Application Layer Load Balancers


In stark comparison to web switches and IPVS systems, application layer load balancers operate entirely in user space. As such, they have a few feature advantages over their low-level counterparts. Along with these extra features come rather apparent limitationsspecifically in the area of performance. These applications must play in the sandbox that is user space and as such are forced to deal with application programming interfaces (APIs) and limitations exposed therein.

A few examples of application-layer load balancers are

  • Zeus Load Balancer

  • Eddie

  • Apache and mod_backhand

These products are fast and flexible, but the concurrency and performance they boast are pale when compared to the enterprise and carrier-class layer 4 and layer 7 switches available on the market. Layers 1 through 7 are defined by the OSI network model and are depicted in Figure 5.2.

Figure 5.2. OSI network model applied to the Web.


The advantage of operating on layer 3 is that the solution does not need intimate knowledge of the application-specific protocols (in this case, SSL and HTTP). This advantage yields two benefits. First, layers 3 and under are fairly simple, and hardware accelerated solutions are much easier to come by. This results in performance that is orders of magnitude better than application-level solutions can provide. Second, because layer 3 is the foundation for almost everything that happens on the Internet, the solution is more versatile and can support a wide array of services such as SMTP, POP3, IMAP, DNS, FTP, and NTTP without understanding the intricacies of those high-level IP-based protocols.

Many layer 3 web switches claim to operate above layer 7. The truth is that some appear to work on layer 7 but actually act on layer 3. For the most part, this has advantages, but it also introduces some limitations. A web switch passes all traffic from connecting clients to real servers behind the switch. The same is true with IPVS systems. Although these devices can certainly inspect the traffic as it passes, they typically operate on the IP level with the capability to translate TCP/IP sessions to back-end servers. It is important to understand the difference between translation and proxying. When translating, the packets are simply manipulated (which can be done on an immense scale). Proxying requires processing all the data from the client and the real servers to which traffic is being sent, which includes reforming and originating all needed packetsthat is substantially more expensive. Because these devices transit the web users' sessions, they can inspect the payload of packets to make decisions based on layer 7 information while affecting traffic on layer 3.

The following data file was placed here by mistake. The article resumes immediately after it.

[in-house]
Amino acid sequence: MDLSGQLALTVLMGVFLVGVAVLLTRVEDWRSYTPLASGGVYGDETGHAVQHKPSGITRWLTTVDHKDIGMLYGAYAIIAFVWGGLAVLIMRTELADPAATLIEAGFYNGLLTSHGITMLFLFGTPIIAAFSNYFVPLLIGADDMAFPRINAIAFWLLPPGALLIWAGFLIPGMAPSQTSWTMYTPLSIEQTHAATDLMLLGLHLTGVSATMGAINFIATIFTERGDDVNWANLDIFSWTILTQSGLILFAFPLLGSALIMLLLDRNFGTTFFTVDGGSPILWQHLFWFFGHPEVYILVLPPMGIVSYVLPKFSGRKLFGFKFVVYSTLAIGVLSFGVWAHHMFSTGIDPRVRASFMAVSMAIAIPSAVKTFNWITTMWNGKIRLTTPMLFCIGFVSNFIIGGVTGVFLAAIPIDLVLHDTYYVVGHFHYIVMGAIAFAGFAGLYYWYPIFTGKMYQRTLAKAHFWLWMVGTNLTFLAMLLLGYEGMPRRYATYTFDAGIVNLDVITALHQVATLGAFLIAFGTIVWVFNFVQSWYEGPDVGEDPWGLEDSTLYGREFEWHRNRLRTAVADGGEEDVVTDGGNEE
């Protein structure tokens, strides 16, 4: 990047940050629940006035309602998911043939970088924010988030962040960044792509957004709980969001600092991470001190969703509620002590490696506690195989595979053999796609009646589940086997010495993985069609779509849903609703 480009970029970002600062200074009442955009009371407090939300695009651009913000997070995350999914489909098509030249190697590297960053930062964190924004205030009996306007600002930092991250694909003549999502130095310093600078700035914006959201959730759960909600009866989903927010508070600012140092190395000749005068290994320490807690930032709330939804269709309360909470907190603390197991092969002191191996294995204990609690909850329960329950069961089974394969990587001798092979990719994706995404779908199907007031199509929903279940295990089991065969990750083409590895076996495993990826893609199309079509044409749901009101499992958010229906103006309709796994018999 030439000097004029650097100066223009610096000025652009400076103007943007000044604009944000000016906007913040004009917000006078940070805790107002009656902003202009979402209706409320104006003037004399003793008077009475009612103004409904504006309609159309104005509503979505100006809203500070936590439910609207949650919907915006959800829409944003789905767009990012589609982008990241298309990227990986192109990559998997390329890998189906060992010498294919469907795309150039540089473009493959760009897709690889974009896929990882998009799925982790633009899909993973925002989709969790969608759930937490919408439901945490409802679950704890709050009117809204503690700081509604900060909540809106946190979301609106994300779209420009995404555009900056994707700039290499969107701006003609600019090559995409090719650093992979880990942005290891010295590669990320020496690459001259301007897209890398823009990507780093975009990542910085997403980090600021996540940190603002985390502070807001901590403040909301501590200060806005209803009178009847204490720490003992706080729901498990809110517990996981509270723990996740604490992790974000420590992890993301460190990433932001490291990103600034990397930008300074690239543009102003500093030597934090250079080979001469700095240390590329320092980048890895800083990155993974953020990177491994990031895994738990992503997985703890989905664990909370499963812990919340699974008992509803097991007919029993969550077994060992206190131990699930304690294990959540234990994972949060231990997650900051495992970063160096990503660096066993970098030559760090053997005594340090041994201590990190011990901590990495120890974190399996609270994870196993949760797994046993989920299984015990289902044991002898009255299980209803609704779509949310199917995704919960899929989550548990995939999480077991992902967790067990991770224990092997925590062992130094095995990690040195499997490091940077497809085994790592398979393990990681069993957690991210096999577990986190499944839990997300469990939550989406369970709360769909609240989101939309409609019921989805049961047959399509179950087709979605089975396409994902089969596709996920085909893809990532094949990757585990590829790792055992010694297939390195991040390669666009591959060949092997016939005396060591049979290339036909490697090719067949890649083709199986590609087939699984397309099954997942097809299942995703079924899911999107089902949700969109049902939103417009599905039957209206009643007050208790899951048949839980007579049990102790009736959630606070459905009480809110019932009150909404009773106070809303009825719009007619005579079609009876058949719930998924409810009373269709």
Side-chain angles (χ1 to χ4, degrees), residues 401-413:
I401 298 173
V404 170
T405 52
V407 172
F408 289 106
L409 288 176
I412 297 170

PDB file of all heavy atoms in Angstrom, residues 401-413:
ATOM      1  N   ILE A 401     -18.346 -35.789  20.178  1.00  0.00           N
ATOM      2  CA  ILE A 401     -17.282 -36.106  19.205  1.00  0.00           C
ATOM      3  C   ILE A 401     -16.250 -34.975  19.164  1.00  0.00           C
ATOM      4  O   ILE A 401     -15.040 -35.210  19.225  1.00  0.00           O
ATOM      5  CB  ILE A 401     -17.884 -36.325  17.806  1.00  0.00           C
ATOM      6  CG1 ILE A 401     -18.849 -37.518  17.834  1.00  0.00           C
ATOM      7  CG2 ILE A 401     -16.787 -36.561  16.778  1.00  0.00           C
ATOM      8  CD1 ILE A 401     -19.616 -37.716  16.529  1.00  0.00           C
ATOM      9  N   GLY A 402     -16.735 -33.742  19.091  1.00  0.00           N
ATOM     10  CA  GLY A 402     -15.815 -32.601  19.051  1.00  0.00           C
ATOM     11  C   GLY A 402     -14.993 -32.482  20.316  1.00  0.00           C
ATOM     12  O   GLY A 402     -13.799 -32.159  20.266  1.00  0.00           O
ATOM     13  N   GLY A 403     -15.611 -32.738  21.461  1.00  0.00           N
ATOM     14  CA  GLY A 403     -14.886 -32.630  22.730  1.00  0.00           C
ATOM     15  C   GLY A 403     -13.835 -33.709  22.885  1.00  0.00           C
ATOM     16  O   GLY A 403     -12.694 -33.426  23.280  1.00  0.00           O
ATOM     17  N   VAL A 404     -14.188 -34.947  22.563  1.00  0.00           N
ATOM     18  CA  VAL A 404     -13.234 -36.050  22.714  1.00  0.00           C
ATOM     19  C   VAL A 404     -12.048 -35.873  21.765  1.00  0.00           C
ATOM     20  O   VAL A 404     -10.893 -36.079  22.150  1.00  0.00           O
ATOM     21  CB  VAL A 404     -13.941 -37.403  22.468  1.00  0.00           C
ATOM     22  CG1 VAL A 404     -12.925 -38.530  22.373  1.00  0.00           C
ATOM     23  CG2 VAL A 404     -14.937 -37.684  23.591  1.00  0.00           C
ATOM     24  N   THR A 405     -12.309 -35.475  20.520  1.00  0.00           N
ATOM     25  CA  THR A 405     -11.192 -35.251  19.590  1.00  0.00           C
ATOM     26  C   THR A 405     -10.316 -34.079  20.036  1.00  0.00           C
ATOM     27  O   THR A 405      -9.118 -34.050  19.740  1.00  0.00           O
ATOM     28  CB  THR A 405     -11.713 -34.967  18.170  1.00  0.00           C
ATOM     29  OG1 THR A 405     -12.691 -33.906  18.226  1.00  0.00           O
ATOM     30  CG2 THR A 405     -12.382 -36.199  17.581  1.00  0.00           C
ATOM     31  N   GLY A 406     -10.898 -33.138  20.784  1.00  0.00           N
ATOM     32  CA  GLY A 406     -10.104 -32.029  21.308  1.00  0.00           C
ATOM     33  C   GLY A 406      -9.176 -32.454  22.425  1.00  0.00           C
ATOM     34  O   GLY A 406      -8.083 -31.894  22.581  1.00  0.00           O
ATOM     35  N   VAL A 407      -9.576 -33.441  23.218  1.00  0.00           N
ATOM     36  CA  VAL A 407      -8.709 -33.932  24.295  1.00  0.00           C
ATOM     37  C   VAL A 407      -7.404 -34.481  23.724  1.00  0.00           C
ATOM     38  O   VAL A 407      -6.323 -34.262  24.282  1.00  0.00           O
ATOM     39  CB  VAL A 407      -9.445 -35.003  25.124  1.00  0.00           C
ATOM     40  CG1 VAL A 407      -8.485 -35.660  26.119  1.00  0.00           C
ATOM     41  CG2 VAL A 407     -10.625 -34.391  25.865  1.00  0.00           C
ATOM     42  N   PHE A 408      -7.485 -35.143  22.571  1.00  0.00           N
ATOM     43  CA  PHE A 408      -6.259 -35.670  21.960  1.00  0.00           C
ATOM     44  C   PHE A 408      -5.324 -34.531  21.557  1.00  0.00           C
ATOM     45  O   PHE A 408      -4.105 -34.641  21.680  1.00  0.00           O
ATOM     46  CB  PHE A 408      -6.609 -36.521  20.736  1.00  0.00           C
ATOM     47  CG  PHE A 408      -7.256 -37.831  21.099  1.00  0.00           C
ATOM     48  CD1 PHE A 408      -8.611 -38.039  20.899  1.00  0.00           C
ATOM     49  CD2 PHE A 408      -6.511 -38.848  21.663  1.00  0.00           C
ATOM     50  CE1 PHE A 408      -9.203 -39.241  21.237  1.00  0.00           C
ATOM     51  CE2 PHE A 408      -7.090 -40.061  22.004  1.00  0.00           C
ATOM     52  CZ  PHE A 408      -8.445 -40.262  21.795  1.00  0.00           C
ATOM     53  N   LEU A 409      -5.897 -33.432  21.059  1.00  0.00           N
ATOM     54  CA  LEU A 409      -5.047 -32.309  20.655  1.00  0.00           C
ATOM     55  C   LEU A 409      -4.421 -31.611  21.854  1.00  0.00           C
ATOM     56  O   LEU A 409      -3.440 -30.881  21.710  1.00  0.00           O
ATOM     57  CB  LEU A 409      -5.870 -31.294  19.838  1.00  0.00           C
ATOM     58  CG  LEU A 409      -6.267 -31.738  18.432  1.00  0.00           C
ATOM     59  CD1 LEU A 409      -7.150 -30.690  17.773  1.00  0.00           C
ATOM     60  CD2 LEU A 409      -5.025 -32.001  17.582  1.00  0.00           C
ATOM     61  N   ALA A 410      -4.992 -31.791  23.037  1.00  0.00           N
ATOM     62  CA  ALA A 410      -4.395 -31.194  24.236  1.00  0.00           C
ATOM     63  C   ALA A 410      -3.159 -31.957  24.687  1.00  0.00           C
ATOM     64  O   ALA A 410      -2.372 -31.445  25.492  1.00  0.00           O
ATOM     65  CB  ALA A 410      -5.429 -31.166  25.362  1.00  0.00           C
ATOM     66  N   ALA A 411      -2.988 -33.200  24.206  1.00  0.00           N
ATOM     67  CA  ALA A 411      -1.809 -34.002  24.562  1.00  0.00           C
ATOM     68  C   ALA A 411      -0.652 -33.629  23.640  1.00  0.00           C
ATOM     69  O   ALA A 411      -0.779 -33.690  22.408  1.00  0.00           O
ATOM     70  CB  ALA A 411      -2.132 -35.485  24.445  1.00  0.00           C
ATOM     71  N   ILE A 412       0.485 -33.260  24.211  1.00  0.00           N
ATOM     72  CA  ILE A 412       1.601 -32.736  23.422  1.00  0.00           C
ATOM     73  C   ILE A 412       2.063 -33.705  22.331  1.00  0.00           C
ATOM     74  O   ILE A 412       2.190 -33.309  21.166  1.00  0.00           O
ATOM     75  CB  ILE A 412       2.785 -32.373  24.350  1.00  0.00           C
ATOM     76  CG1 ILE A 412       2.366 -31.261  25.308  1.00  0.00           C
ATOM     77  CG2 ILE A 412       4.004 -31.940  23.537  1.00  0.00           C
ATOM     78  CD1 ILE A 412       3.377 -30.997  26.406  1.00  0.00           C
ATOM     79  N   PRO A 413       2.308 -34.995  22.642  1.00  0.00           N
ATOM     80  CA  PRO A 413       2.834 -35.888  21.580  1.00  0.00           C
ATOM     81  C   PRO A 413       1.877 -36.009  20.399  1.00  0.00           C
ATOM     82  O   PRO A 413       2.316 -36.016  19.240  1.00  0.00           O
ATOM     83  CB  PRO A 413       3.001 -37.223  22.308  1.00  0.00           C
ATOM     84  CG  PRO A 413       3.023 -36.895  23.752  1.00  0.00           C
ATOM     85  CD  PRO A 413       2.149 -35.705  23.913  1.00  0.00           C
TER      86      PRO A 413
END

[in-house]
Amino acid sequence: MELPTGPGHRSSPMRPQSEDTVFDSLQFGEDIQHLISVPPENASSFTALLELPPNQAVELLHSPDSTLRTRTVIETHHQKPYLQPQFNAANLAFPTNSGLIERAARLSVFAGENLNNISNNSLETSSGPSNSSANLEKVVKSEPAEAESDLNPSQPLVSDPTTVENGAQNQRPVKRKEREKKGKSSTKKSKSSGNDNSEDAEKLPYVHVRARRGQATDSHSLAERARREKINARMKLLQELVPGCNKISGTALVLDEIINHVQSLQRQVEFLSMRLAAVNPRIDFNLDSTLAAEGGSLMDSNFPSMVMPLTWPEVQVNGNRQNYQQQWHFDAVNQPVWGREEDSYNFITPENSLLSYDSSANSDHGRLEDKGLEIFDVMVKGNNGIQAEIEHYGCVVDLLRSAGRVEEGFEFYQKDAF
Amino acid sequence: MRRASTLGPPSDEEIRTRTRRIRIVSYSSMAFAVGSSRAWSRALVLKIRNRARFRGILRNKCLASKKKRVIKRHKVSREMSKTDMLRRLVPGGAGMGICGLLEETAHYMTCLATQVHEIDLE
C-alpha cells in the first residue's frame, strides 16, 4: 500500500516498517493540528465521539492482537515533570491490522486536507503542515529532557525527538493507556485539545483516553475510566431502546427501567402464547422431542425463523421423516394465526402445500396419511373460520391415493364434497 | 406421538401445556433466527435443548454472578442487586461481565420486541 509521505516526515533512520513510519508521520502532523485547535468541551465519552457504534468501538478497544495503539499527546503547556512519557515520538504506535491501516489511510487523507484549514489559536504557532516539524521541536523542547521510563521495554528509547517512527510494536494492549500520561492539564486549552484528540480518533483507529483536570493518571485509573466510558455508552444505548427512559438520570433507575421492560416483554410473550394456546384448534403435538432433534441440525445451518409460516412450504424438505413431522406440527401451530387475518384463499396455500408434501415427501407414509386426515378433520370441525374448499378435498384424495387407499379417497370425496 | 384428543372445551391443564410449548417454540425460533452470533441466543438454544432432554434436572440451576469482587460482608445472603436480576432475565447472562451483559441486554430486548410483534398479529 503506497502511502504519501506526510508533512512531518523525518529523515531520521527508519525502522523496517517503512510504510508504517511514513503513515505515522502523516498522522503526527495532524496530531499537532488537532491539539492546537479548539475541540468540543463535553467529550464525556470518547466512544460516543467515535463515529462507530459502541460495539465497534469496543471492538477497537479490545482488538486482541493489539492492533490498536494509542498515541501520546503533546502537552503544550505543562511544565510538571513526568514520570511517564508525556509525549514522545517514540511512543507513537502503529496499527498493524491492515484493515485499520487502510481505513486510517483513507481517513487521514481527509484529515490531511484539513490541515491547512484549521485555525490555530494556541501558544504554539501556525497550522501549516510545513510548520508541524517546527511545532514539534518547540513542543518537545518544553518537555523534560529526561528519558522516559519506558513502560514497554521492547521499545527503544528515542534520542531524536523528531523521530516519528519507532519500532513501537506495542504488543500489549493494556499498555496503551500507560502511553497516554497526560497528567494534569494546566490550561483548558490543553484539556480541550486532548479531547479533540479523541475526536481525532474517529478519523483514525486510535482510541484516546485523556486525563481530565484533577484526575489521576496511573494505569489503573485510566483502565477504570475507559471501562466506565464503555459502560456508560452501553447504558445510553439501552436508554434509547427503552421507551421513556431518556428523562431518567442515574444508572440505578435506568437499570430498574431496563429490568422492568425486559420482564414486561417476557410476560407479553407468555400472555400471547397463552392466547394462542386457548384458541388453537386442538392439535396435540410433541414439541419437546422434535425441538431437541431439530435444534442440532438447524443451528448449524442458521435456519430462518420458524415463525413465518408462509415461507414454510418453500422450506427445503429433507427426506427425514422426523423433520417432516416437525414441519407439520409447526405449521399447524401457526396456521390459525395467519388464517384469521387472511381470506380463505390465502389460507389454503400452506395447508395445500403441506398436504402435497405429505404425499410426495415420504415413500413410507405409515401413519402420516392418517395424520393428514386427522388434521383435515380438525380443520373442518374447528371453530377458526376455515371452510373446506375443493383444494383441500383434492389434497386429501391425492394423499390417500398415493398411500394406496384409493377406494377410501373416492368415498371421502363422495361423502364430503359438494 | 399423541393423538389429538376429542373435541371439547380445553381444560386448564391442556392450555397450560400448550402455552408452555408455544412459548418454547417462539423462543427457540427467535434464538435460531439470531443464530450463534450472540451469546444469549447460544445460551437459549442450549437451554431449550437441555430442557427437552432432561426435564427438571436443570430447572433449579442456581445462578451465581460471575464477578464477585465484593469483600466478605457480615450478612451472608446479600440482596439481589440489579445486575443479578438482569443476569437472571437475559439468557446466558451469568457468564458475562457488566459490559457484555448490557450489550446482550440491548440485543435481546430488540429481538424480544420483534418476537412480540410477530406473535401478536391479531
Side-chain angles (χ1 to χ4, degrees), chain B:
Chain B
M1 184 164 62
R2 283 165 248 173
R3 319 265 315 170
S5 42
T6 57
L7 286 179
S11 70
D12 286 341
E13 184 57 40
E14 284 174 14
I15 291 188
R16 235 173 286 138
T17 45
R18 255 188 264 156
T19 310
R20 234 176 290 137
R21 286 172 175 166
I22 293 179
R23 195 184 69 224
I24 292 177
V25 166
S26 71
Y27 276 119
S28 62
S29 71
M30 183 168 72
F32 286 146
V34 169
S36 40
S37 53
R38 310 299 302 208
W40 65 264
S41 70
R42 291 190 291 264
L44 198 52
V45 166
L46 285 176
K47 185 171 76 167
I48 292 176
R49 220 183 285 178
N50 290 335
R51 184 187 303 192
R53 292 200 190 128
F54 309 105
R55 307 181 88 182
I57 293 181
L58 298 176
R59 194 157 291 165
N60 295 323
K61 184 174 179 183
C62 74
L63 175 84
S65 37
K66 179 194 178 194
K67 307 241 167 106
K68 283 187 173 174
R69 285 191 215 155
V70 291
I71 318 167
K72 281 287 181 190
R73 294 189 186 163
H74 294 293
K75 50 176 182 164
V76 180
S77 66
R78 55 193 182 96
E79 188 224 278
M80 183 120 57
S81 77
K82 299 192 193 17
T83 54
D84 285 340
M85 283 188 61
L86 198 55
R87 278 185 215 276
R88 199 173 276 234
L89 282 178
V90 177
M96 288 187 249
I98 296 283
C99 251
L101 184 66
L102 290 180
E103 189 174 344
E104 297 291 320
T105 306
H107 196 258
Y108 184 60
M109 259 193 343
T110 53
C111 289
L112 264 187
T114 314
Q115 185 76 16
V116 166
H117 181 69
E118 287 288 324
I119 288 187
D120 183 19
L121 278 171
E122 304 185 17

If a device can perform its duties without modifying packets above layer 5, why would you ever employ a technology like an application-level load balancer? Certain mechanisms cannot be employed without handling and fully processing information through the entire OSI network stack. These mechanisms are often safely ignored in large-scale architectures, but often is not always, so we stand to benefit discussing it here.

The following are some things that can be done by application-level load balancers that are difficult to do on web switches and IPVS devices:

  • Requests can be allocated based on information in an encrypted SSL session.

  • Requests of subsequent transactions in a pipelined HTTP session can be allocated to different real servers.

  • Business rules can be used as the basis for customized allocation algorithms instead of predetermined vendor rules.